When Melissa Tarantino talks about facing challenges every day to her special needs students at a middle school near Sacramento, they listen. They all are aware that she knows what she’s talking about.
A former gymnast, Melissa learned at 19 that the pain and numbness in her hands was a symptom of scleroderma, a rare disease that she’d never heard of before. The diagnosis came after more than a year of being treated, including two surgeries for what doctors thought was carpal tunnel syndrome brought on by her years in gymnastics. It was a heavy diagnosis for someone who was just starting college.
When the doctor gave her the diagnosis, she asked:
“Will I ever be able to do a cartwheel again?”
Cartwheels and Research
That was eight years ago now. Melissa was able to do cartwheels again, but it hasn’t been easy.
She recently chatted with 23andMe about how she’s approached living with scleroderma, a progressively debilitating autoimmune disease that often results in tightening and hardening of the skin, muscle weakness, and pain. The condition affects an estimated 2.5 million people globally. Most of those with systemic sclerosis — about 80 percent — are women like Melissa between 16 and 45.
Although there are some treatments for this progressively debilitating autoimmune disease, there currently is no cure. But there is promising research like that being done by 23andMe.
Our conversation with Melissa is one in an occasional series on the blog about rare diseases like scleroderma. You can read some of the other posts about new insights into the study of rare diseases, living with another rare disease idiopathic pulmonary fibrosis, and a discussion with a community engagement director for the Scleroderma Research Foundation. The posts detail studies into rare diseases, as well as two specific studies 23andMe is currently recruiting for — idiopathic pulmonary fibrosis, a chronic progressive lung disease, and systemic sclerosis, a form of scleroderma.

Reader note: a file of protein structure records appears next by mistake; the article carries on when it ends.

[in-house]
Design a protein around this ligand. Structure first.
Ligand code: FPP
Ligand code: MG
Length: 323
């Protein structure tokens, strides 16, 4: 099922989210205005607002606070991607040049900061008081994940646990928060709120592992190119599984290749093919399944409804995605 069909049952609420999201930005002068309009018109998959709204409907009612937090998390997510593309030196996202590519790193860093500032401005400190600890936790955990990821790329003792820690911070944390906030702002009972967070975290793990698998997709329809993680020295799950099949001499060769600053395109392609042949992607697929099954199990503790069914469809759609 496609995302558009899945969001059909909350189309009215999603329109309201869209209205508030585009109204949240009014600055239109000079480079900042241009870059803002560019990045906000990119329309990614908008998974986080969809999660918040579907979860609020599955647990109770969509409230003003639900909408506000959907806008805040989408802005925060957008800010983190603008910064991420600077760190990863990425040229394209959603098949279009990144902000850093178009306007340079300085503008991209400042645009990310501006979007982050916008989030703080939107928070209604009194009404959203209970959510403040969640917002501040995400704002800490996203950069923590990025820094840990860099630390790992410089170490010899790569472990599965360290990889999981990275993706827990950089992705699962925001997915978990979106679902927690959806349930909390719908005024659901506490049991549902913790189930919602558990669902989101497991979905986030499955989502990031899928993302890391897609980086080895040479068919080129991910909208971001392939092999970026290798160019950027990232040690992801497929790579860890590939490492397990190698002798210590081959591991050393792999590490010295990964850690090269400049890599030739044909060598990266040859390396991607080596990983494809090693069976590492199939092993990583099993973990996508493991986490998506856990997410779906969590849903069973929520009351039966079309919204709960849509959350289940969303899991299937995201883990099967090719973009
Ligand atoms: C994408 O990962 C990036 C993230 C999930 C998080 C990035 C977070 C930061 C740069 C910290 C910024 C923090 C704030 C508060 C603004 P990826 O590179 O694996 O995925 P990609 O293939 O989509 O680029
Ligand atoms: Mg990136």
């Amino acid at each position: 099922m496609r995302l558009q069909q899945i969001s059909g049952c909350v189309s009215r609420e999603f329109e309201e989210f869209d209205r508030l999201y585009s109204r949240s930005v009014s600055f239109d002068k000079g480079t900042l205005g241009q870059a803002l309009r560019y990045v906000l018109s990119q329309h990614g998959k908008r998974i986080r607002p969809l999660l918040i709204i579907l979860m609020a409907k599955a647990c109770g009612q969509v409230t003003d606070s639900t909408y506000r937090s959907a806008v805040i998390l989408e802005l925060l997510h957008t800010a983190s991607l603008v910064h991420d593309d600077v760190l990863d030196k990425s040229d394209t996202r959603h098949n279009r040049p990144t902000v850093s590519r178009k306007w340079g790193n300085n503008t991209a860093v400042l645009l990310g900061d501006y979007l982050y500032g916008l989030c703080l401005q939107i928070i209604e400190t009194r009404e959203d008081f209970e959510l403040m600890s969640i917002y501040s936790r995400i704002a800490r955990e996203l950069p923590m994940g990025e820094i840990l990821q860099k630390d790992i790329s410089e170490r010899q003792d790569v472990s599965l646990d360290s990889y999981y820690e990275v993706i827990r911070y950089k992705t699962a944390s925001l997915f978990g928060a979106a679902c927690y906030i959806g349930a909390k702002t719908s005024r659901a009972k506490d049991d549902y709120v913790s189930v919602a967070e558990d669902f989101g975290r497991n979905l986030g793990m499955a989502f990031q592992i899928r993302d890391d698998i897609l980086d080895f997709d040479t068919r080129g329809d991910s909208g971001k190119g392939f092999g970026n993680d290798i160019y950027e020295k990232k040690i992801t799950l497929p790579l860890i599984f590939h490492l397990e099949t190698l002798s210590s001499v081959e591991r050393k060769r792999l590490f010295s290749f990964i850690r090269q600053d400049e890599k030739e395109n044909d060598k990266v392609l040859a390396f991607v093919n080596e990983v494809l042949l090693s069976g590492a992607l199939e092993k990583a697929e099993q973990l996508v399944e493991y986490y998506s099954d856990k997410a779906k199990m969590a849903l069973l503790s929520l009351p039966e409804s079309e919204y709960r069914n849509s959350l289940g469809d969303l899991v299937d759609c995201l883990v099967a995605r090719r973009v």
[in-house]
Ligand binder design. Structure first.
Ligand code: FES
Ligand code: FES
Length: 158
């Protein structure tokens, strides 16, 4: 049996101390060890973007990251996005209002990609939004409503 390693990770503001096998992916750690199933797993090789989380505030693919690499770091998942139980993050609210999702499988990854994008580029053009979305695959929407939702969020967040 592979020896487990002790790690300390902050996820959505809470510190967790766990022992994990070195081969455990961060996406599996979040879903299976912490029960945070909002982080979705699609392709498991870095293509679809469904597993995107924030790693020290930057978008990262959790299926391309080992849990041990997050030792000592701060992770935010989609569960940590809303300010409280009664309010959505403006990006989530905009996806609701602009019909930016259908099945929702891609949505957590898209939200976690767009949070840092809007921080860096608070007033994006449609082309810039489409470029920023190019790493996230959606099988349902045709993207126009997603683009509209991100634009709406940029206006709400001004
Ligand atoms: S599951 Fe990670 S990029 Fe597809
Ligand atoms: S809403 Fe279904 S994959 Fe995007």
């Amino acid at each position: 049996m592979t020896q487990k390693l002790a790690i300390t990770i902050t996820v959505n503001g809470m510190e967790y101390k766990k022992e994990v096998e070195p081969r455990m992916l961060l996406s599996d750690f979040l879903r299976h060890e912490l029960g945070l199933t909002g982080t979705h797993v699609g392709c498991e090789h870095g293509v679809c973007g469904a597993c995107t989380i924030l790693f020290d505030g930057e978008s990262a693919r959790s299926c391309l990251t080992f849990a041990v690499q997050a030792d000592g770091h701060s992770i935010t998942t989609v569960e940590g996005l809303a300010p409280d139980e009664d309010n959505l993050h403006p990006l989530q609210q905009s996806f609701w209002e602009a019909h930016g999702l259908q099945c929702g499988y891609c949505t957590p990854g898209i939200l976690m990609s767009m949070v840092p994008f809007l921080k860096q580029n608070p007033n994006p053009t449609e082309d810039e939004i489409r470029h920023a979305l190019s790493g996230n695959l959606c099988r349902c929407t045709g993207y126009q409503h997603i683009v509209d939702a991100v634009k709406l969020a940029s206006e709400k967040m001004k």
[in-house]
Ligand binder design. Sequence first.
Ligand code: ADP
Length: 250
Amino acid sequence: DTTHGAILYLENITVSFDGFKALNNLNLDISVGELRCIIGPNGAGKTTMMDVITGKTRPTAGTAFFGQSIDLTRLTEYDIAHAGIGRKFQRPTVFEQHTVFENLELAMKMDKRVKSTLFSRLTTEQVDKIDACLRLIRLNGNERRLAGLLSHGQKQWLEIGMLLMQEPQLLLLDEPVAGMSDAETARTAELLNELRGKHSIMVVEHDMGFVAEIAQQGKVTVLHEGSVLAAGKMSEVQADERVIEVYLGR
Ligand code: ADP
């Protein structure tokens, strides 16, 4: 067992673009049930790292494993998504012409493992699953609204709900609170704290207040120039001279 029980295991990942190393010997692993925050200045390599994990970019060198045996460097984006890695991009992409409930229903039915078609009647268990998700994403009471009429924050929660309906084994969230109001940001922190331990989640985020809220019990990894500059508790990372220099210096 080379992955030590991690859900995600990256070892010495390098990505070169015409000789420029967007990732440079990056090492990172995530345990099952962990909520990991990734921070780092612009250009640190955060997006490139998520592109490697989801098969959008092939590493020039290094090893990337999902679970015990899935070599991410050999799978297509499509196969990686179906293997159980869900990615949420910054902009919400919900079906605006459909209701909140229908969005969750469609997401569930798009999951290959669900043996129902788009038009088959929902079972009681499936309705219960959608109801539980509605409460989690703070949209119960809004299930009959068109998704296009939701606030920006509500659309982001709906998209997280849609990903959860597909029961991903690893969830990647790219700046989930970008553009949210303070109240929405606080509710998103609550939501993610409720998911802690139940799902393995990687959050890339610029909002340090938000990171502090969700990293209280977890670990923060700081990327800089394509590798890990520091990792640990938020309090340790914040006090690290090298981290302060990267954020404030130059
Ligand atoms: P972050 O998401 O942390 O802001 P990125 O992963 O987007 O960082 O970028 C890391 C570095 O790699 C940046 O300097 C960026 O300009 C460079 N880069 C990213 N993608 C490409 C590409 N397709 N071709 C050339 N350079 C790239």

Melissa, who is participating in 23andMe’s Systemic Sclerosis Study, said it’s important to contribute to the effort.
“Of course, I’m participating,” she said. “I just want to be able to help in whatever way I possibly can.”
Here’s more of what Melissa had to say.
Many people with a rare disease talk about how difficult it was to simply find the right diagnosis. Was that your experience?
The backstory is that I’d been a gymnast all my life, from like second grade to senior year of high school. I decided I wanted to stop and be a kid again, you know, go to the prom and not have to train 30 hours a week.
After I stopped, I started noticing pain and numbness in my hands. The doctors thought it was carpal tunnel from all that training, so I had surgery first on one hand and then the other.
My freshman year in college I still had pain, the knuckles in my hands were super swollen and I started to gain weight, then lose it, and I had this bloating in my face. The pain in my hands was really bad. At one point during a history final, it hurt so bad that I was crying. At that point, I went back to the doctor and they still thought the pain was from my time as a gymnast. The doctor told me to take acetaminophen. It was super frustrating.